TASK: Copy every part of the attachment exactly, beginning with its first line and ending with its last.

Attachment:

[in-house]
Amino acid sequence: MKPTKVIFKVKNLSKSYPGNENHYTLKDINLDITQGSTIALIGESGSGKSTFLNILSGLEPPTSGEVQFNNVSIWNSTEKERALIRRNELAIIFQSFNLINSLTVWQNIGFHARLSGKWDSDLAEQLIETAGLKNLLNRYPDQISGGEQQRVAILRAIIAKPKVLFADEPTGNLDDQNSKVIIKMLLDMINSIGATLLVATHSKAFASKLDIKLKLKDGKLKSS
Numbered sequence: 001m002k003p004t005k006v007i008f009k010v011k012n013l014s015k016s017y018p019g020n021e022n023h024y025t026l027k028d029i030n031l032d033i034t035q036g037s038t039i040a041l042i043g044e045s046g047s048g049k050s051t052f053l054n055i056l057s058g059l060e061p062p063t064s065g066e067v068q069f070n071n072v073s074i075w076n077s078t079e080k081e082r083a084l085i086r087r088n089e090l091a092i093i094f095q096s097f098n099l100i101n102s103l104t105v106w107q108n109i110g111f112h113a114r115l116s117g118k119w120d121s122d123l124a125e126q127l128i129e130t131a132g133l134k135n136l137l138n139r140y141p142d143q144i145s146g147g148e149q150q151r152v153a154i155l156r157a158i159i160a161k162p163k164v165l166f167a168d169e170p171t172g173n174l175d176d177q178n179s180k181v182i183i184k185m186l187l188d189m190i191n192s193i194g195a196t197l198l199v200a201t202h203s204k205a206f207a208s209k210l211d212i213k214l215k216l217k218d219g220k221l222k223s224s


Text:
[in-house]
Amino acid sequence: MKPTKVIFKVKNLSKSYPGNENHYTLKDINLDITQGSTIALIGESGSGKSTFLNILSGLEPPTSGEVQFNNVSIWNSTEKERALIRRNELAIIFQSFNLINSLTVWQNIGFHARLSGKWDSDLAEQLIETAGLKNLLNRYPDQISGGEQQRVAILRAIIAKPKVLFADEPTGNLDDQNSKVIIKMLLDMINSIGATLLVATHSKAFASKLDIKLKLKDGKLKSS
Numbered sequence: 001m002k003p004t005k006v007i008f009k010v011k012n013l014s015k016s017y018p019g020n021e022n023h024y025t026l027k028d029i030n031l032d033i034t035q036g037s038t039i040a041l042i043g044e045s046g047s048g049k050s051t052f053l054n055i056l057s058g059l060e061p062p063t064s065g066e067v068q069f070n071n072v073s074i075w076n077s078t079e080k081e082r083a084l085i086r087r088n089e090l091a092i093i094f095q096s097f098n099l100i101n102s103l104t105v106w107q108n109i110g111f112h113a114r115l116s117g118k119w120d121s122d123l124a125e126q127l128i129e130t131a132g133l134k135n136l137l138n139r140y141p142d143q144i145s146g147g148e149q150q151r152v153a154i155l156r157a158i159i160a161k162p163k164v165l166f167a168d169e170p171t172g173n174l175d176d177q178n179s180k181v182i183i184k185m186l187l188d189m190i191n192s193i194g195a196t197l198l199v200a201t202h203s204k205a206f207a208s209k210l211d212i213k214l215k216l217k218d219g220k221l222k223s224s